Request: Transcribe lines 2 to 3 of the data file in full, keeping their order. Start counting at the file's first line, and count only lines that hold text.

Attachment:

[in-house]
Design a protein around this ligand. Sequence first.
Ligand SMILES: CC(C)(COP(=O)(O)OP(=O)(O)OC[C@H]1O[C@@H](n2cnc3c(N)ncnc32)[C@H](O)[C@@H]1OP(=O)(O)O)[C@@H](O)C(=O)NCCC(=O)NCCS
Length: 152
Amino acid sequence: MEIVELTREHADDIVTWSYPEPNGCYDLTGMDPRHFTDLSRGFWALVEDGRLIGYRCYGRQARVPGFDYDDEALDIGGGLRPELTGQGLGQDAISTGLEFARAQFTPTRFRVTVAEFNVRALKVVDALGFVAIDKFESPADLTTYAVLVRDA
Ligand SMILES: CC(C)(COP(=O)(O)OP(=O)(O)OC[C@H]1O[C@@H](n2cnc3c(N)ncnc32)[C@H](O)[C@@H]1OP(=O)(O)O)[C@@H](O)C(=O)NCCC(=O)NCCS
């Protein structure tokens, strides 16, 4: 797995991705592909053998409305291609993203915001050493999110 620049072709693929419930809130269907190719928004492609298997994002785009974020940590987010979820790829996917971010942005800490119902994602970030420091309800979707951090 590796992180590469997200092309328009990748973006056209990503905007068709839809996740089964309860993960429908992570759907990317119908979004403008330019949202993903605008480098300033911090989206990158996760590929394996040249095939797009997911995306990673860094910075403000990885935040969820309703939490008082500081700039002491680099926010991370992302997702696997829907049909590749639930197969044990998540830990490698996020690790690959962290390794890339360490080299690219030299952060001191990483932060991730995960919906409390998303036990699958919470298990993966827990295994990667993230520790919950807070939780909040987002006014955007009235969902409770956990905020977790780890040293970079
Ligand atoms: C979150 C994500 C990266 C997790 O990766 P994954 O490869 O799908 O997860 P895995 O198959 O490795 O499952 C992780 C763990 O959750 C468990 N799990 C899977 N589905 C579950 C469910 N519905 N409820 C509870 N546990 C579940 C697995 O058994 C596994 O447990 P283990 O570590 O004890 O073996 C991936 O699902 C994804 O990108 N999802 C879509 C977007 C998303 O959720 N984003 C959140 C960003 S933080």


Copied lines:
Design a protein around this ligand. Sequence first.
Ligand SMILES: CC(C)(COP(=O)(O)OP(=O)(O)OC[C@H]1O[C@@H](n2cnc3c(N)ncnc32)[C@H](O)[C@@H]1OP(=O)(O)O)[C@@H](O)C(=O)NCCC(=O)NCCS